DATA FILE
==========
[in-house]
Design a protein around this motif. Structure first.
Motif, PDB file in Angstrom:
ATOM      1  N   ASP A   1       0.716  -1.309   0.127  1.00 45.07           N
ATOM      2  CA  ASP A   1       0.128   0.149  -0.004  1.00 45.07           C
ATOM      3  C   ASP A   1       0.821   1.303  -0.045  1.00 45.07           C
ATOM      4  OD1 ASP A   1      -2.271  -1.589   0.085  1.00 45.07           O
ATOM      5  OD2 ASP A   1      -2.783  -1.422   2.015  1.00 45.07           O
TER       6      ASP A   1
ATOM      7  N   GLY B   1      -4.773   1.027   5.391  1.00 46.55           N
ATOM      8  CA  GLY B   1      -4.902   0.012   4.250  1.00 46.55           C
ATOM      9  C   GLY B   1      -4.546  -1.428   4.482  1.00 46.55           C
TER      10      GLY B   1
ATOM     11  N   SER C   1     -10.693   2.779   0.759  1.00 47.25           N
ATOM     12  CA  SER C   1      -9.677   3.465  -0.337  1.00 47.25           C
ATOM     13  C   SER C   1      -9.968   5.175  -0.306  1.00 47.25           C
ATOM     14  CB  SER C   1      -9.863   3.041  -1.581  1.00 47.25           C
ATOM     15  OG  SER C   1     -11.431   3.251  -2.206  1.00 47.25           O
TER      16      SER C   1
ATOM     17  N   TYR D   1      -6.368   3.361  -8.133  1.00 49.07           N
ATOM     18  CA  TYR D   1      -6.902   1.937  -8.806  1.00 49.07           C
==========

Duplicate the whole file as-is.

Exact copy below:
[in-house]
Design a protein around this motif. Structure first.
Motif, PDB file in Angstrom:
ATOM      1  N   ASP A   1       0.716  -1.309   0.127  1.00 45.07           N
ATOM      2  CA  ASP A   1       0.128   0.149  -0.004  1.00 45.07           C
ATOM      3  C   ASP A   1       0.821   1.303  -0.045  1.00 45.07           C
ATOM      4  OD1 ASP A   1      -2.271  -1.589   0.085  1.00 45.07           O
ATOM      5  OD2 ASP A   1      -2.783  -1.422   2.015  1.00 45.07           O
TER       6      ASP A   1
ATOM      7  N   GLY B   1      -4.773   1.027   5.391  1.00 46.55           N
ATOM      8  CA  GLY B   1      -4.902   0.012   4.250  1.00 46.55           C
ATOM      9  C   GLY B   1      -4.546  -1.428   4.482  1.00 46.55           C
TER      10      GLY B   1
ATOM     11  N   SER C   1     -10.693   2.779   0.759  1.00 47.25           N
ATOM     12  CA  SER C   1      -9.677   3.465  -0.337  1.00 47.25           C
ATOM     13  C   SER C   1      -9.968   5.175  -0.306  1.00 47.25           C
ATOM     14  CB  SER C   1      -9.863   3.041  -1.581  1.00 47.25           C
ATOM     15  OG  SER C   1     -11.431   3.251  -2.206  1.00 47.25           O
TER      16      SER C   1
ATOM     17  N   TYR D   1      -6.368   3.361  -8.133  1.00 49.07           N
ATOM     18  CA  TYR D   1      -6.902   1.937  -8.806  1.00 49.07           C